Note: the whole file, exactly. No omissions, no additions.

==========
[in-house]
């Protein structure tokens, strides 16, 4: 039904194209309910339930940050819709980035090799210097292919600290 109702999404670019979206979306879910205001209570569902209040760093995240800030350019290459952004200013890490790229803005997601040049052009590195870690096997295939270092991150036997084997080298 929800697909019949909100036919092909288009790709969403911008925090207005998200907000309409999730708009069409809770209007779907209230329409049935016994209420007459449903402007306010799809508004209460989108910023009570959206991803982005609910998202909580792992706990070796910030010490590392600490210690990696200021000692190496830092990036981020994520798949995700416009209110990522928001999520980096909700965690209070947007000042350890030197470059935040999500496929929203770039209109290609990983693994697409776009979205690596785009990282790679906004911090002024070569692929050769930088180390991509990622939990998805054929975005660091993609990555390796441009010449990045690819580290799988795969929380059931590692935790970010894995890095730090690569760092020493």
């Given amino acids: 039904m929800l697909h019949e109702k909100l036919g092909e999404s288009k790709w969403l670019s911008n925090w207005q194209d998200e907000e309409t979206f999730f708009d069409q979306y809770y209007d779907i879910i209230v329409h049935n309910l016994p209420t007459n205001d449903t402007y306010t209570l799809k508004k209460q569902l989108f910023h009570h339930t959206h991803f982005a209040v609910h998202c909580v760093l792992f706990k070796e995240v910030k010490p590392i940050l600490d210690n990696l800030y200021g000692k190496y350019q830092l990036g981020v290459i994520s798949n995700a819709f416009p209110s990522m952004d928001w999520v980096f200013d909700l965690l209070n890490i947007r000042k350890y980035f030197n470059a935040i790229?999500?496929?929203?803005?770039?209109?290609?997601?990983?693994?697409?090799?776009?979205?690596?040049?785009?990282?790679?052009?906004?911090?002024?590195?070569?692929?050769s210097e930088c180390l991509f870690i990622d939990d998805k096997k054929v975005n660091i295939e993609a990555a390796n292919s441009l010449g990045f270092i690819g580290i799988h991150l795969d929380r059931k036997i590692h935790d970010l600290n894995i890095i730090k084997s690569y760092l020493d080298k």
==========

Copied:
[in-house]
């Protein structure tokens, strides 16, 4: 039904194209309910339930940050819709980035090799210097292919600290 109702999404670019979206979306879910205001209570569902209040760093995240800030350019290459952004200013890490790229803005997601040049052009590195870690096997295939270092991150036997084997080298 929800697909019949909100036919092909288009790709969403911008925090207005998200907000309409999730708009069409809770209007779907209230329409049935016994209420007459449903402007306010799809508004209460989108910023009570959206991803982005609910998202909580792992706990070796910030010490590392600490210690990696200021000692190496830092990036981020994520798949995700416009209110990522928001999520980096909700965690209070947007000042350890030197470059935040999500496929929203770039209109290609990983693994697409776009979205690596785009990282790679906004911090002024070569692929050769930088180390991509990622939990998805054929975005660091993609990555390796441009010449990045690819580290799988795969929380059931590692935790970010894995890095730090690569760092020493």
């Given amino acids: 039904m929800l697909h019949e109702k909100l036919g092909e999404s288009k790709w969403l670019s911008n925090w207005q194209d998200e907000e309409t979206f999730f708009d069409q979306y809770y209007d779907i879910i209230v329409h049935n309910l016994p209420t007459n205001d449903t402007y306010t209570l799809k508004k209460q569902l989108f910023h009570h339930t959206h991803f982005a209040v609910h998202c909580v760093l792992f706990k070796e995240v910030k010490p590392i940050l600490d210690n990696l800030y200021g000692k190496y350019q830092l990036g981020v290459i994520s798949n995700a819709f416009p209110s990522m952004d928001w999520v980096f200013d909700l965690l209070n890490i947007r000042k350890y980035f030197n470059a935040i790229?999500?496929?929203?803005?770039?209109?290609?997601?990983?693994?697409?090799?776009?979205?690596?040049?785009?990282?790679?052009?906004?911090?002024?590195?070569?692929?050769s210097e930088c180390l991509f870690i990622d939990d998805k096997k054929v975005n660091i295939e993609a990555a390796n292919s441009l010449g990045f270092i690819g580290i799988h991150l795969d929380r059931k036997i590692h935790d970010l600290n894995i890095i730090k084997s690569y760092l020493d080298k």